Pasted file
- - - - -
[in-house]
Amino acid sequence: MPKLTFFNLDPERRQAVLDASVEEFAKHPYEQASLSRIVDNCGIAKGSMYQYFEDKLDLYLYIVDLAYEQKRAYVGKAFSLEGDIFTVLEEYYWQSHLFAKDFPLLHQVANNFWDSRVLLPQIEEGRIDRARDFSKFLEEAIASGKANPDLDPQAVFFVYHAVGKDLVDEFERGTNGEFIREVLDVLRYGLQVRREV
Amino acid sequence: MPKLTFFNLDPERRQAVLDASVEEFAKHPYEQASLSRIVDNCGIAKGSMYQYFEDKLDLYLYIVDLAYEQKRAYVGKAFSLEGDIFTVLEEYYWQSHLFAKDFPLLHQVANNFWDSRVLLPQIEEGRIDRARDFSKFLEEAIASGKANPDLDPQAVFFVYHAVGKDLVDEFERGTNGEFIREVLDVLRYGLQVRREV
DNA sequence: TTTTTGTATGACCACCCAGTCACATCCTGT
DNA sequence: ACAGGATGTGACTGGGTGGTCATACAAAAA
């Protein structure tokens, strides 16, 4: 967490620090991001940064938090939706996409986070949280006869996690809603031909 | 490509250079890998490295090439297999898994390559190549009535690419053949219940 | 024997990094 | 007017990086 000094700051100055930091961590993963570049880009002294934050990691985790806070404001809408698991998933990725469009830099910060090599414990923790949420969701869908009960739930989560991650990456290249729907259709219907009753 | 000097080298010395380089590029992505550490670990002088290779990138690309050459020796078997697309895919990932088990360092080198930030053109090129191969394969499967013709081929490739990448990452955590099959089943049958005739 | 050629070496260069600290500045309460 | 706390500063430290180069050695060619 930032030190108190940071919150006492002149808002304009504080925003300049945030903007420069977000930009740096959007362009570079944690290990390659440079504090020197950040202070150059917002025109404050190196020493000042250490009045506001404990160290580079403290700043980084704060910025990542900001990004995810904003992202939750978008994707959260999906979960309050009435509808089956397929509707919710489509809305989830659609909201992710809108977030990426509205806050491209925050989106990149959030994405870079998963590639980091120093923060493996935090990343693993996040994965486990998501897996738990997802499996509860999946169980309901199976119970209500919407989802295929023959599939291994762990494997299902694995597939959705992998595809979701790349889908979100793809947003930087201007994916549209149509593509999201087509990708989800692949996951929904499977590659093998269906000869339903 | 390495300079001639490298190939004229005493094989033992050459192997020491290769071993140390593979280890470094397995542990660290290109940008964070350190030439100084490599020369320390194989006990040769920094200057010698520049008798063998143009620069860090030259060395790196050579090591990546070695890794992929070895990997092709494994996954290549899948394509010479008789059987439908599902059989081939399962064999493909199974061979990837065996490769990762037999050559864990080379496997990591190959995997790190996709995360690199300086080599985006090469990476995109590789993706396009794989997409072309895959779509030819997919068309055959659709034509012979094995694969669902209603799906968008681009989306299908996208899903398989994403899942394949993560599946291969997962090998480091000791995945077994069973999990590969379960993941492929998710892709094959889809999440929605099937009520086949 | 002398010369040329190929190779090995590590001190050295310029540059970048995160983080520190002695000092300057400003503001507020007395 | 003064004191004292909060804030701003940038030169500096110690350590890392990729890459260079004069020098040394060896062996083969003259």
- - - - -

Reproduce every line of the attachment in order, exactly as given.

[in-house]
Amino acid sequence: MPKLTFFNLDPERRQAVLDASVEEFAKHPYEQASLSRIVDNCGIAKGSMYQYFEDKLDLYLYIVDLAYEQKRAYVGKAFSLEGDIFTVLEEYYWQSHLFAKDFPLLHQVANNFWDSRVLLPQIEEGRIDRARDFSKFLEEAIASGKANPDLDPQAVFFVYHAVGKDLVDEFERGTNGEFIREVLDVLRYGLQVRREV
Amino acid sequence: MPKLTFFNLDPERRQAVLDASVEEFAKHPYEQASLSRIVDNCGIAKGSMYQYFEDKLDLYLYIVDLAYEQKRAYVGKAFSLEGDIFTVLEEYYWQSHLFAKDFPLLHQVANNFWDSRVLLPQIEEGRIDRARDFSKFLEEAIASGKANPDLDPQAVFFVYHAVGKDLVDEFERGTNGEFIREVLDVLRYGLQVRREV
DNA sequence: TTTTTGTATGACCACCCAGTCACATCCTGT
DNA sequence: ACAGGATGTGACTGGGTGGTCATACAAAAA
């Protein structure tokens, strides 16, 4: 967490620090991001940064938090939706996409986070949280006869996690809603031909 | 490509250079890998490295090439297999898994390559190549009535690419053949219940 | 024997990094 | 007017990086 000094700051100055930091961590993963570049880009002294934050990691985790806070404001809408698991998933990725469009830099910060090599414990923790949420969701869908009960739930989560991650990456290249729907259709219907009753 | 000097080298010395380089590029992505550490670990002088290779990138690309050459020796078997697309895919990932088990360092080198930030053109090129191969394969499967013709081929490739990448990452955590099959089943049958005739 | 050629070496260069600290500045309460 | 706390500063430290180069050695060619 930032030190108190940071919150006492002149808002304009504080925003300049945030903007420069977000930009740096959007362009570079944690290990390659440079504090020197950040202070150059917002025109404050190196020493000042250490009045506001404990160290580079403290700043980084704060910025990542900001990004995810904003992202939750978008994707959260999906979960309050009435509808089956397929509707919710489509809305989830659609909201992710809108977030990426509205806050491209925050989106990149959030994405870079998963590639980091120093923060493996935090990343693993996040994965486990998501897996738990997802499996509860999946169980309901199976119970209500919407989802295929023959599939291994762990494997299902694995597939959705992998595809979701790349889908979100793809947003930087201007994916549209149509593509999201087509990708989800692949996951929904499977590659093998269906000869339903 | 390495300079001639490298190939004229005493094989033992050459192997020491290769071993140390593979280890470094397995542990660290290109940008964070350190030439100084490599020369320390194989006990040769920094200057010698520049008798063998143009620069860090030259060395790196050579090591990546070695890794992929070895990997092709494994996954290549899948394509010479008789059987439908599902059989081939399962064999493909199974061979990837065996490769990762037999050559864990080379496997990591190959995997790190996709995360690199300086080599985006090469990476995109590789993706396009794989997409072309895959779509030819997919068309055959659709034509012979094995694969669902209603799906968008681009989306299908996208899903398989994403899942394949993560599946291969997962090998480091000791995945077994069973999990590969379960993941492929998710892709094959889809999440929605099937009520086949 | 002398010369040329190929190779090995590590001190050295310029540059970048995160983080520190002695000092300057400003503001507020007395 | 003064004191004292909060804030701003940038030169500096110690350590890392990729890459260079004069020098040394060896062996083969003259």